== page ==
Rabi Ribi (Vita) Review – More than pure Cuteness?

Platforms: PC, PS Vita (reviewed), PS4

Developer: CreSpirit

Publisher: PQube

Release: 1st September 2017 (Consoles) / 28th January 2016 (PC)

Price: 29.99 (Consoles) / 19.99 (PC)

2D Metroidvanias flood the stores since years, often doing nothing particularly unique except oversaturating the market. Last year Rabi-Ribi, yet another one of those, came to Steam and received quite a big critical acclaim. Now that PQube brings it to PS4 and Vita it´s the perfect moment to see, if Rabi-Ribi is actually more than a game full of cute bunny girls doing cute things.

When Erina, originally a cute little bunny, awakens as a human bunny girl, her world is upside down. Quickly after finding her master/owner again, meeting a fairy named ribbon and fighting off all kinds of bunny hunters, Erina learns her true objective: Collecting enough magic casters to activate a statue so she can rescue her master´s sister. During the game, we do exactly that.

While Metroidvania´s certainly don´t need a big storyline, Rabi-Ribi is one of those games, that even fall below this line. Providing a very thin plot, lacking any kind of twists or cool moments. Surely the characters could carry the burden of making it at least somewhat interesting, yet fail at being anything unique or greatly written. Erina is your usual cutiepie, Ribbon is a mix of tsundere and cutiepie, Erina´s master is your stereotypical heartwarming woman … you get the point. There´s really nothing outstanding here and what´s there isn´t really good. Sometimes I may have enjoyed reading their silly, cute conversations but these moments were rarities. Simple anime dialogues are too overused and known by weebs like me.

However, the coat, this bland mix is wrapped in, is truly heartwarming, cute and unique. To illustrate its dialogues and in-game characters, Rabi-Ribi  can offer great looking “human” drawings of Erina and the  rest of the cast in dialogues or big dioramas in particular, combined with an unbelievable cute chibi style in most in-game menus. Be it the portraits under health bars, bosses, item screens, chibis can be found everywhere and they´re goddamn cute. Combined with the retro, yet detailed and overall great looking pixel-art, Rabi-Ribi can set itself apart, due to its super adorable presentation mixed with objectively neat graphics.

On Vita it naturally runs pretty flawless, not suffering from many frame drops or graphical let-downs. Even though the first loading time is a bit too long for my taste, as well as the sometimes too tiny text during conversations. Otherwise, a pretty good port.

Gameplay-wise, Rabi-Ribi can also bring its own flavour into the mix. Basically, we´re dealing with a 2D action jump`n run, where we can of course jump, melee attack and explore branching areas, hoping to find something. Additionally, we can also use our fairy Ribbon for ranged attacks or perform special magic moves, consuming MP. Nothing unseen before but executed very solid and the general movement feels very tight. Exploring the giant world is a blast and due to the wide array of different areas it never gets boring.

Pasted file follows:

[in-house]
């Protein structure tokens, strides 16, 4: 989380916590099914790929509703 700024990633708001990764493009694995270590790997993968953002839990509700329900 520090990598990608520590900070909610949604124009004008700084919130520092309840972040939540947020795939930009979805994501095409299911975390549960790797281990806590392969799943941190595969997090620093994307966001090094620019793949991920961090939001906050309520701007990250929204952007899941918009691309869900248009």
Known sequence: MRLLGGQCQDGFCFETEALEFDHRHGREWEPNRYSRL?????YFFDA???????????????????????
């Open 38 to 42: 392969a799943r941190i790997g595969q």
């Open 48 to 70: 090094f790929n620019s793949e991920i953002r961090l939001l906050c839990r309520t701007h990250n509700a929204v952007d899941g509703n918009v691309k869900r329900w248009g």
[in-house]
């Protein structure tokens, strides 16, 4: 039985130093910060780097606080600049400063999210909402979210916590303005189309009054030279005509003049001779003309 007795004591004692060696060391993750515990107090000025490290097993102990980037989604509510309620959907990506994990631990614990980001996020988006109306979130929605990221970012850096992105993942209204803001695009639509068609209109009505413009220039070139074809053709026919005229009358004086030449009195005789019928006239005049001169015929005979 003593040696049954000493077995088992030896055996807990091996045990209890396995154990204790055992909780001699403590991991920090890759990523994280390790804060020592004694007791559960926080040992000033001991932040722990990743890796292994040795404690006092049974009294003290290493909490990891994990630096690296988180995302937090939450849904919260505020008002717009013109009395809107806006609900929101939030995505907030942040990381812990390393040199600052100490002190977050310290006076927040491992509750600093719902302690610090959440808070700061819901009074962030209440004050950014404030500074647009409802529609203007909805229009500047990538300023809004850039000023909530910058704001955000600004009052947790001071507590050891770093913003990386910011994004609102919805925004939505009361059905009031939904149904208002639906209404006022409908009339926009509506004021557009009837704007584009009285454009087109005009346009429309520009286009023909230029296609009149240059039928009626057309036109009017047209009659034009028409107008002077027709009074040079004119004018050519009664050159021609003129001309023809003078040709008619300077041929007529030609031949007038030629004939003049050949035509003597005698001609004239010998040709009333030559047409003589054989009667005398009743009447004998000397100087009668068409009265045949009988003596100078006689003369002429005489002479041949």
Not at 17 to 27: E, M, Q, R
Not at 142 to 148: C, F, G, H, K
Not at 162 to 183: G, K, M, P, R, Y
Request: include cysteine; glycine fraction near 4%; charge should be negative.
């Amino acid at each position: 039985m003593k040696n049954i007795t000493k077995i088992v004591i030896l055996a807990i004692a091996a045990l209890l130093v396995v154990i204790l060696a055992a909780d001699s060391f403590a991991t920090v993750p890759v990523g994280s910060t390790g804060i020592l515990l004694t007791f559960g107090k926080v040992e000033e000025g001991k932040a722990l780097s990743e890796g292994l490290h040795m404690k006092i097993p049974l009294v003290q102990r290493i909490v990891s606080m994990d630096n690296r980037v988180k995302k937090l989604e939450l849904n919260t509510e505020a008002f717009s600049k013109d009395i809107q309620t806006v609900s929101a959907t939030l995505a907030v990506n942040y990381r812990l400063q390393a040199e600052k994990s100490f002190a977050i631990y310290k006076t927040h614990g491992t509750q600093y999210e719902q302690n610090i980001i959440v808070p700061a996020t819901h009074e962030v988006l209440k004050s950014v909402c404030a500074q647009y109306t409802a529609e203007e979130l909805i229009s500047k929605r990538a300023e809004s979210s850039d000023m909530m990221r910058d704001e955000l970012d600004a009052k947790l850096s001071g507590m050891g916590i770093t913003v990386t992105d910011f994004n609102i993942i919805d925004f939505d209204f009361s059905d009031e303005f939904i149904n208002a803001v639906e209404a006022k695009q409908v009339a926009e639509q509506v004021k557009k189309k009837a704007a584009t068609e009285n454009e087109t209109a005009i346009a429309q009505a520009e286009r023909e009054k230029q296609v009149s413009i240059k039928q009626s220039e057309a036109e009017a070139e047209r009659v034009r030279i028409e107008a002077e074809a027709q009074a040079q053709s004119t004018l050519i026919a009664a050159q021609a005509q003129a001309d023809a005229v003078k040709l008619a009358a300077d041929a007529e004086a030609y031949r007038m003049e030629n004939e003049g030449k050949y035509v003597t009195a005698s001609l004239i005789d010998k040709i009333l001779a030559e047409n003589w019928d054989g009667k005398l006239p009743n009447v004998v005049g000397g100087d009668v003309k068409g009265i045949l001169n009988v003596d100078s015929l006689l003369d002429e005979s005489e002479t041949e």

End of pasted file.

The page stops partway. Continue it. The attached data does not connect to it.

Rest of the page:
Naturally, Rabi-Ribi is also full of boss fights, in fact, it has dozens of them! Instead of just throwing tougher re-skinned enemies at you, CreSpirit went the extra mile to implement a whole new genre into Rabi-Ribi, specifically for these bosses. I´m speaking about the bullet-hell genre, as you might have expected. Every bossfight mainly consists of dodging bullets, learning patterns and bash them to pieces with your hammer. In contrast to the classic jump´n run sections, the spiced up gameplay is very refreshing. While it´s never too hard, bosses can be quite a challenge, if you don´t use your powers effectively, especially in the last hours, forcing you to understand the systems rather than mashing buttons.

Like every good Metroidvania, Rabi-Ribi also features a whole lot of discoverable upgrades. From classic health/MP extending items, which are more than just useful here, to secret areas, there´s everything here. Yet, far more surprising is the fact, that Rabi-Ribi features level progression as well. Every enemy or boss gives us experience, every few hundred experience points we get a new level and with it, a potential upgrade. From a new hit combo, new ability, more damage or anything else, Rabi-Ribi bombards us with upgrades during the first hours. Surprisingly, after a short time, levels get harder to achieve and more and more time passes between each upgrade, leading to a pretty unbalanced upgrade pacing.

Conclusion

Rabi-Ribi is definetely not a bad Metroidvania, it´s actually a pretty damn fine one. Featuring silly ideas mixed with silly, adorable art, classic gameplay, spiced up by great unique features and a giant explorable world full of secrets. Because of these great things, it´s easy to forget about the below average story, weak characters, strange upgrade pacing and minimal technical issues. During my 15 hours long playhtrough, I absolutely loved Rabi-Ribi for its bunny girls (who doesn´t love chibis?) and great gameplay and it´s a great fit for the Vita.

[A Review Code was provided by PQube]